Aransas County Attorney Richard Bianchi said his office has been overwhelmed with calls and e-mails, including some from overseas, since the video went viral on the Internet.
"Just a sad day. It's unfortunate for all the people in that video. It doesn't bode well for the image of our community or our judiciary or our legal community in Aransas County," Bianchi said.
William Adams is up for re-election in three years, Mills told CNN. He was elected to a four-year term last year, said Aransas County Clerk Peggy Friebele
CNN tried repeatedly on Wednesday to reach William Adams at his Rockport, Texas, office, but received a constant busy signal.
But Adams told KRIS that the conduct is "not as bad as it looks on tape." The judge said he had contacted judicial review officials in Austin and "more will come out" in the investigation, KRIS reported.
Asked what he might mean, Hallie Adams said on "Today," "I think that the story that's going to come out ... in his mind is that he's projected his problem onto me. For the entire four years since I've left the marriage, I've been abused and harassed through texts, e-mail." She said she told William Adams in June that she would not speak to him again, and "he has threatened to file for modification and take my younger daughter away from me."
A Facebook posting on Wednesday attributed to Hallie Adams states: "I am praying for my daughters and me and my family to heal in all ways from emotional and physical abuse, for the current and continuing abuse of my children and me that has been ongoing to end -- starting now -- for my daughters to both finally be able to go to counseling both individually and as a family group with their dad's approval, encouragement, involvement and support, for him to finally make amends to all of us, talk openly with us, and take the first steps to letting our broken family heal."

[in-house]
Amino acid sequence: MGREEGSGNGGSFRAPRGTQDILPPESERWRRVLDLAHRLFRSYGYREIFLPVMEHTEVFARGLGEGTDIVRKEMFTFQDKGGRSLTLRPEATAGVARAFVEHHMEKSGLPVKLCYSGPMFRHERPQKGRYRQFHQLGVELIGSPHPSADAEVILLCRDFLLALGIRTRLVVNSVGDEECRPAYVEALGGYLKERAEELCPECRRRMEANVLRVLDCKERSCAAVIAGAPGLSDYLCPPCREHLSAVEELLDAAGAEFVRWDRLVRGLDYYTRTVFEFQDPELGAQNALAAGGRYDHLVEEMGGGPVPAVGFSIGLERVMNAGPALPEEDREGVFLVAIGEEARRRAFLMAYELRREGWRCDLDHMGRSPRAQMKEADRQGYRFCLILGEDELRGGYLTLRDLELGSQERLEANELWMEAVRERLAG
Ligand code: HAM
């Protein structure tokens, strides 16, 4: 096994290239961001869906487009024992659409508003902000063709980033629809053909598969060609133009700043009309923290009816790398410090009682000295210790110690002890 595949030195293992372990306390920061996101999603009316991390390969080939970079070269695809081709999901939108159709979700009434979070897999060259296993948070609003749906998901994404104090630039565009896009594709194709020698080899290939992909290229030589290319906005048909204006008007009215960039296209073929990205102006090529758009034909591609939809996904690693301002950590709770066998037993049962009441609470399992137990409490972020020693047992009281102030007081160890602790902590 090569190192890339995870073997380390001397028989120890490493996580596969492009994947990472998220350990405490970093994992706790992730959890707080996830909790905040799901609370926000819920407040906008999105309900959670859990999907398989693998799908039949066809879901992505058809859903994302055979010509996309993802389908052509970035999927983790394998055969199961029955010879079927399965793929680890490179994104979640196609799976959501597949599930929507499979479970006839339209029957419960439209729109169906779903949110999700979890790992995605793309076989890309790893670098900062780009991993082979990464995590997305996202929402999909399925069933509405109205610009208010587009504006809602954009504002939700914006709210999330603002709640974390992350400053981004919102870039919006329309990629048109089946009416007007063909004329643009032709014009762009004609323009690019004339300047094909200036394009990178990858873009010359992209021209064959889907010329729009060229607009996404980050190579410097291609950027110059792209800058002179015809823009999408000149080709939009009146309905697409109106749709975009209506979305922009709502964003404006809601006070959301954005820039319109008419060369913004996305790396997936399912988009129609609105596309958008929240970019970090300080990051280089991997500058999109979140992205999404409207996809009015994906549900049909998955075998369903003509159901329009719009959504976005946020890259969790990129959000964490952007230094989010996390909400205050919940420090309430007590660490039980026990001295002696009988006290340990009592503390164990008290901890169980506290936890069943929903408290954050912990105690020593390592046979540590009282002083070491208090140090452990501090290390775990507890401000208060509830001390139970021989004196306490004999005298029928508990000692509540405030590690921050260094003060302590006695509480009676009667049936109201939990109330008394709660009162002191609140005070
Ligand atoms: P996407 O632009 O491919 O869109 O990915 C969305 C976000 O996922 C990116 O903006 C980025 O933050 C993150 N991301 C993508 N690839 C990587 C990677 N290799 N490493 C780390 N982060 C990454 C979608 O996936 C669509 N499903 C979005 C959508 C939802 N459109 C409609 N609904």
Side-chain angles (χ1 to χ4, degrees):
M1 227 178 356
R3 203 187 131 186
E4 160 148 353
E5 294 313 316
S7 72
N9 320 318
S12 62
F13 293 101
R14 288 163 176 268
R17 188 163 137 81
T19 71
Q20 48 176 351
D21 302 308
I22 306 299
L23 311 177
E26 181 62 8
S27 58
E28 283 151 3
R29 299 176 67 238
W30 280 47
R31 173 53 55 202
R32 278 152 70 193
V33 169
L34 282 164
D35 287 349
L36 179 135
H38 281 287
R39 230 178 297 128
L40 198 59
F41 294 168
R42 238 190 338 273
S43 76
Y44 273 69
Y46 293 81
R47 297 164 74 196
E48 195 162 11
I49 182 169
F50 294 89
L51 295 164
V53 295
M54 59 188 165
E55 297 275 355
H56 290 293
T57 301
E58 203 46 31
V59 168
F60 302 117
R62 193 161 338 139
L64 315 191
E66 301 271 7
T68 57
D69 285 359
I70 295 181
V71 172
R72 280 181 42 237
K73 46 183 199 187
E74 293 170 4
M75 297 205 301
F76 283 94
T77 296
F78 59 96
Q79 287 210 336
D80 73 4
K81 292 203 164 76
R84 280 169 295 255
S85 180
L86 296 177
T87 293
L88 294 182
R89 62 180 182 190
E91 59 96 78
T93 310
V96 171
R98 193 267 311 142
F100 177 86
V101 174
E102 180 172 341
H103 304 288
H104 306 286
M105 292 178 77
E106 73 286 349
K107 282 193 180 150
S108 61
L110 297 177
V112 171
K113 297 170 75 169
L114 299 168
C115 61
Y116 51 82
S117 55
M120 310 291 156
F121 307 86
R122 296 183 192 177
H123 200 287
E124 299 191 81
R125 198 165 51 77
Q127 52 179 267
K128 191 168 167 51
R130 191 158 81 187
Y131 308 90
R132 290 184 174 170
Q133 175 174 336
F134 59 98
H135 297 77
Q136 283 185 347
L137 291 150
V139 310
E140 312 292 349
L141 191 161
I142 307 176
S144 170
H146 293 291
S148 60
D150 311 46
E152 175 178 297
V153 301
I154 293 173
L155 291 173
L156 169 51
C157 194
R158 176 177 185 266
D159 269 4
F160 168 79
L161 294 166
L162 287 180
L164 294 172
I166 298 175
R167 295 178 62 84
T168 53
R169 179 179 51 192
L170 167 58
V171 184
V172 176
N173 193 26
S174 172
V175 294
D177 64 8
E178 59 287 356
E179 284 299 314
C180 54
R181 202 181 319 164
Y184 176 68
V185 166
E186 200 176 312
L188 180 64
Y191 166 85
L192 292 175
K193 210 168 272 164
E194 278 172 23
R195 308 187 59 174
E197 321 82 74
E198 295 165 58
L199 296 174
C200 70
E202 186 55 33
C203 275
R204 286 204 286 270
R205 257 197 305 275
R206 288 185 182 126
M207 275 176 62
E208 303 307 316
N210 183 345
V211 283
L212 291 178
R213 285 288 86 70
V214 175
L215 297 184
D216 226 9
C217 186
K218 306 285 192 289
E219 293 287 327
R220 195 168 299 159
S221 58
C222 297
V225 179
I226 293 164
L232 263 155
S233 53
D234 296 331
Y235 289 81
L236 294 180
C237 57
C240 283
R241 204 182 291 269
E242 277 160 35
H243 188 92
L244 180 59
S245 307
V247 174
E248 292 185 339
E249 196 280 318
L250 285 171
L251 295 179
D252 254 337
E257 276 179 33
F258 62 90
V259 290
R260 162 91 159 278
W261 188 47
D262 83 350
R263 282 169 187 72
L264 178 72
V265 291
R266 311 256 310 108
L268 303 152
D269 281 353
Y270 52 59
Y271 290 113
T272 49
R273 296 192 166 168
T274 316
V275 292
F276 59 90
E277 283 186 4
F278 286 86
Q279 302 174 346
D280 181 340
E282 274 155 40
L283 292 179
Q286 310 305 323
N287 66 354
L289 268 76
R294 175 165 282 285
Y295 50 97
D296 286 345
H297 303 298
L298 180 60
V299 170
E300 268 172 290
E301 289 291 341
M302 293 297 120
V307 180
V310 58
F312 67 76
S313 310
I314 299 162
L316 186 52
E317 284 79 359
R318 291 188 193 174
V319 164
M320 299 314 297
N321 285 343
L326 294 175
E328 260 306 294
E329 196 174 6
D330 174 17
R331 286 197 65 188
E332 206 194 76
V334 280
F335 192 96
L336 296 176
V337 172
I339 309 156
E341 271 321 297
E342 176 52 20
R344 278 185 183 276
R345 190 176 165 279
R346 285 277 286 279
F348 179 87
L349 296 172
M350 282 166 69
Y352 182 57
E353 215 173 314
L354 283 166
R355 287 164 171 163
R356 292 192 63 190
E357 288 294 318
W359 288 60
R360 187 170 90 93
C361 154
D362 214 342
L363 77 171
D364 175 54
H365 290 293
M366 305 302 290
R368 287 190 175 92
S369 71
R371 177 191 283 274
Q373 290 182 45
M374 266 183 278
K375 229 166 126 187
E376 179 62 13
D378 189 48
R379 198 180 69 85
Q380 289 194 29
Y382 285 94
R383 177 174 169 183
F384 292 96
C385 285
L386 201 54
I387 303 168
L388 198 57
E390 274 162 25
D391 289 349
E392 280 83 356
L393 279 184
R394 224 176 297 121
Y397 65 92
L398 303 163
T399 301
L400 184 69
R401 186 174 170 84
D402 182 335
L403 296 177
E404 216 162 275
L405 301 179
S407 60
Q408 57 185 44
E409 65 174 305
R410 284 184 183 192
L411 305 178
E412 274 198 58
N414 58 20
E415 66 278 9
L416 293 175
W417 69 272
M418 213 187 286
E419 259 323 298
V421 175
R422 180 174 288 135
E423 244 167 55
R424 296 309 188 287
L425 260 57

A page called "Don't Re-Elect Judge William Adams" also sprang up on Facebook, attracting more than 19,800 "likes" by Thursday morning. Messages were posted by users in countries including Australia, the Netherlands and Guatemala, among others, and a Spanish-language version of the video was posted on YouTube.
"This man doesn't deserve power," said a posting on the Facebook page. "He doesn't know how to use it."
Asked whether she wants her father to lose his job, Hillary Adams said on "Today," "I think wishing anybody to lose their job is not a really good thing to do," but "his being fit for the job, that's something I really can't say that he is."
She said she believes her father has been punished enough by the video being made public, "and I just think he really needs help and rehabilitation. We need to get him counseling or something."
Asked if she regretted posting it, she said, "I regret that some of my friends and some people close to me have kind of had trouble with this, and of course I regret that it's my own father. I'm having very mixed feelings about that, but at the same time so many people are telling me I did the right thing."
A person identifying herself as Hillary Adams, on a Twitter account using the same username as the video posting, tweeted to CNN on Wednesday, "I'm not sure how much I should say, except that above all we need to help my father instead of condemning him."
The video was brought to authorities' attention about 9 p.m. Tuesday, Rockport Police Chief Tim Jayroe told CNN, and authorities are investigating to determine its authenticity.
Aransas County District Attorney Patrick Flanigan told CNN authorities are looking at numerous factors, including the child's age and the statute of limitations.
The law is complex on which charges could be brought, he said, and which statutes may apply -- which is all speculation until the video is confirmed to be authentic.
"We're in a fact-finding situation now to determine what is true," he said. His office will look at how the law has changed in the past couple of years, as there could have been different laws in effect at the time.
The possibility of an alleged abuser holding a position of authority such as a judge "doesn't matter and shouldn't matter" in the investigation, District Attorney Flanigan said, adding, "it will be a normal review."
As a judge, Adams handles misdemeanor cases, including family-related and juvenile court issues, Flanigan said. Those cases rarely move to the criminal side or cross to his purview, he said.
"We want to get to the bottom of it ... regardless of who the person is," he said.
The Texas State Commission on Judicial Conduct declined comment on the matter Wednesday, but it said it was aware of the situation. A woman answering the phone said the commission has been "overwhelmed."
Police and the district attorney are taking the investigation seriously, Jayroe, the police chief, said. Investigators had not spoken with members of the Adams family as of Wednesday, he said.
Jayroe said his department has asked the Texas Department of Public Safety for assistance with an investigator. "It's the first time in 22 years we've asked for assistance," he said.
This article is based on reporting by Tracy Sabo in Dallas and Dave Alsup and Ashley Hayes in Atlanta. CNN's Carma Hassan and Michael Martinez contributed to this report.